Court fight continues in 46th Senate race

Posted at: 01/07/2013 11:56 AM
Updated at: 01/07/2013 6:30 PM
By: Bill Lambdin

ALBANY - Before the Supreme Court Appellate Division heard lawyers' arguments late Monday morning, some of the voters whose ballots haven't been counted stood outside to complain.

"I think it's very important that each vote get counted," said Carole Furman, an Ulster County elections worker. "That's what our democracy is founded on."

"My vote has been invalidated by a lower court and county I do not live in based on a petition of people I do not know who claim that some hyper-technical, inconsequential and I believe contrived flaw invalidated my vote," said Matthew Rudikoff.

There are several categories of cast ballots that haven't been counted according to a ruling from a Montgomery County judge.

Most troubling to the appeals judges appeared to be ballots that were sent early to election workers and then voted and returned.

So far those votes haven't been counted, although the appeals judges suggested that wasn't the correct interpretation of the law. Most of the uncounted ballots were sent to Democrats, making it very likely Tkazcyk would regain the lead if those votes are counted.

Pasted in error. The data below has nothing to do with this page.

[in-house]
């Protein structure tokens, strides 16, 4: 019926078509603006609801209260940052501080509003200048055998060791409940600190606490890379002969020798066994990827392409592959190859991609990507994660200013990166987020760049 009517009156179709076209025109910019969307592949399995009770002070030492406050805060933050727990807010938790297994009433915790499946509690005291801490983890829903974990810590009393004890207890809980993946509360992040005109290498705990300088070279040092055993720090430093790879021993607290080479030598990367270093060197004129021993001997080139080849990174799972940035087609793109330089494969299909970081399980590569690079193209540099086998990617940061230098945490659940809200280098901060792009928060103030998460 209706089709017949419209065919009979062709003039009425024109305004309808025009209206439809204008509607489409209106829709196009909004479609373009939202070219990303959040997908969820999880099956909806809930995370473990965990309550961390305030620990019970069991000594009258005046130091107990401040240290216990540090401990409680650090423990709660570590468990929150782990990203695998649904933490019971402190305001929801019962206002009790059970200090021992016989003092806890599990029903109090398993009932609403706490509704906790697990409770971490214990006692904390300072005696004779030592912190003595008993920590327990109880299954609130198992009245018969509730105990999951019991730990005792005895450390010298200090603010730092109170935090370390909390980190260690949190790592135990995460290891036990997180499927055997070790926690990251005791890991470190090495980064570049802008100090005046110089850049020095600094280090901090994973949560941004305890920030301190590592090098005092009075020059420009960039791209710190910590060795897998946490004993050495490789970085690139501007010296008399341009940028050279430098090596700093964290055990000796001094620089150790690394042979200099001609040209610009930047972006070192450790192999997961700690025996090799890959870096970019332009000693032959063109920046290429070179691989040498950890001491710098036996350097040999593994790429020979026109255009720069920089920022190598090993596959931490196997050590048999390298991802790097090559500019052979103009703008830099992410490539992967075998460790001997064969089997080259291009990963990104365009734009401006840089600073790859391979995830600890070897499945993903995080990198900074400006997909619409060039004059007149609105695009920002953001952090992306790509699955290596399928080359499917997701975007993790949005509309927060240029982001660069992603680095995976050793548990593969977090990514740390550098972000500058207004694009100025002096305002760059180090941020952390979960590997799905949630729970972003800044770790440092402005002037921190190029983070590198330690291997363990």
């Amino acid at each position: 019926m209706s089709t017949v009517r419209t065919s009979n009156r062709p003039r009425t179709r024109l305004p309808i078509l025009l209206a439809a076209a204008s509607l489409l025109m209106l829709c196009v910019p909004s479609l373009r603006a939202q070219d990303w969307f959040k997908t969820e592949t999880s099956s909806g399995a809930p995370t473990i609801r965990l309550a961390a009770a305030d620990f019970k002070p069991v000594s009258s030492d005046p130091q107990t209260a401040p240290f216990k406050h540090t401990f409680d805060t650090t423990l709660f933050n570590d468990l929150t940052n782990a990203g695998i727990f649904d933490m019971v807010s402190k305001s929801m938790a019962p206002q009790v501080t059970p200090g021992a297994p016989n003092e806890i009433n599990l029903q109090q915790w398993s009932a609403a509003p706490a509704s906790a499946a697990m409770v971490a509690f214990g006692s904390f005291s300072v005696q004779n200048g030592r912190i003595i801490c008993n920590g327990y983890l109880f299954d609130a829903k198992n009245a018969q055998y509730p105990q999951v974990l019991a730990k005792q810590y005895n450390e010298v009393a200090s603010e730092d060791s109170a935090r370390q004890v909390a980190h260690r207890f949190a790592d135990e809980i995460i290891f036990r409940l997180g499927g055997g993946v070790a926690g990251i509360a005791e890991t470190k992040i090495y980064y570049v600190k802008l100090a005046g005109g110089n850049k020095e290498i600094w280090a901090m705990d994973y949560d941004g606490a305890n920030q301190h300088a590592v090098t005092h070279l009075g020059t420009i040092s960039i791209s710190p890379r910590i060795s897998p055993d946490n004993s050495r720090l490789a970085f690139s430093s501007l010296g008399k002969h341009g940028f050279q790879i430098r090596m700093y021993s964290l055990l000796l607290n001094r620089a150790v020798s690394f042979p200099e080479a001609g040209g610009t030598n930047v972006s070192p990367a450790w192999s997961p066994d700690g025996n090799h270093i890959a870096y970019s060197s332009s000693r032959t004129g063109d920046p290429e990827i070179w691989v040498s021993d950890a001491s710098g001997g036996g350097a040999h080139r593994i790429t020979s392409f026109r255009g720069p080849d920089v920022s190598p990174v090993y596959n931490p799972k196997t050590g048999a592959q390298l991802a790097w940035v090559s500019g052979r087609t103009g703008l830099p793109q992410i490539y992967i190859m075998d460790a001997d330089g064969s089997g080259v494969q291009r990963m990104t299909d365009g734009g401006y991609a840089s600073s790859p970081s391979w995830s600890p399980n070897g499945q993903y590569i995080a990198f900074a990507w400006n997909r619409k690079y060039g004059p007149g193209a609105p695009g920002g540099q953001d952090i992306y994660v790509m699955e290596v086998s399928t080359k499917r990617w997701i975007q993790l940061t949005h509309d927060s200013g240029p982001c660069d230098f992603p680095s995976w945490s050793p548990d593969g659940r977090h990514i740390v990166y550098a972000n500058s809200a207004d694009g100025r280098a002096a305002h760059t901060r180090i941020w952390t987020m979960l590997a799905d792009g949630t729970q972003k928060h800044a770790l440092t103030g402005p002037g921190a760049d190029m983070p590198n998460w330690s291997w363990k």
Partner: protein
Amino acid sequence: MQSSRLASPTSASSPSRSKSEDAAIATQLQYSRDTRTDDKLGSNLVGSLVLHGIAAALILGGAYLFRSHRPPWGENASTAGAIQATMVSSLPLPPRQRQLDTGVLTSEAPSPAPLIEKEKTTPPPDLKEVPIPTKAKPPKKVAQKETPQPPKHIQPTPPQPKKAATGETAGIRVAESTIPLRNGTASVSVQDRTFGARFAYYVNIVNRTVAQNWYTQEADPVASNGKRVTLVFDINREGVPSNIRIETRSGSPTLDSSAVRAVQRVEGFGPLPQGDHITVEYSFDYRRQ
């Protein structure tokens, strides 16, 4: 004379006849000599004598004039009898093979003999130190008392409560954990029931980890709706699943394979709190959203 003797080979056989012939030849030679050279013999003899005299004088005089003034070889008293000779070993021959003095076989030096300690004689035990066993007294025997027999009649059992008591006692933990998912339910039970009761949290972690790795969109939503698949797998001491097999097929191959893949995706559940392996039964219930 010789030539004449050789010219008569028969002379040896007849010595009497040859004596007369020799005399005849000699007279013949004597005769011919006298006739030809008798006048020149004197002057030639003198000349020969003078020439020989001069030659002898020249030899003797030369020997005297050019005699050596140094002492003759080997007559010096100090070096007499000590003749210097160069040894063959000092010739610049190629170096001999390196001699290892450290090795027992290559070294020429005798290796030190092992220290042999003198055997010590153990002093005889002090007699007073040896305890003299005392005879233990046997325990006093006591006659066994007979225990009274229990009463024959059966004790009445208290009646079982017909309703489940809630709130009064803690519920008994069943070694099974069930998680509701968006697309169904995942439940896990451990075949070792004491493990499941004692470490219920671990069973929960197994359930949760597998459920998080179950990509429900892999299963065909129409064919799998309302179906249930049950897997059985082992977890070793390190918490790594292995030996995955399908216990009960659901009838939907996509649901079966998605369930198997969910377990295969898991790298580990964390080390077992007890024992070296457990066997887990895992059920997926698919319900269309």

Good news for the Tkazcyk forces.          

"If this voter is eligible, qualified, then their vote should be counted," argued Tkaczyk's attorney, James Long.

But the Amedore side argues counting the excluded 331 ballots is unfair to the 126-thousand who got it right.

"So if the voter fails to put their address they registered to, or they failed to vote in a timely manner, or failed to vote the way they're supposed to, they're not entitled to have that ballot cast," Amedore attorney David Lewis told the court.

The Appellate Court has promised a quick decision. Whatever they determine is likely to be further appealed to the state's highest tribunal, the Court of Appeals. Although Amedore has signed documents indicating he is ready to serve, neither he nor Tkaczyk is expected to take the State Senate floor and vote until the case is finally resolved by the courts.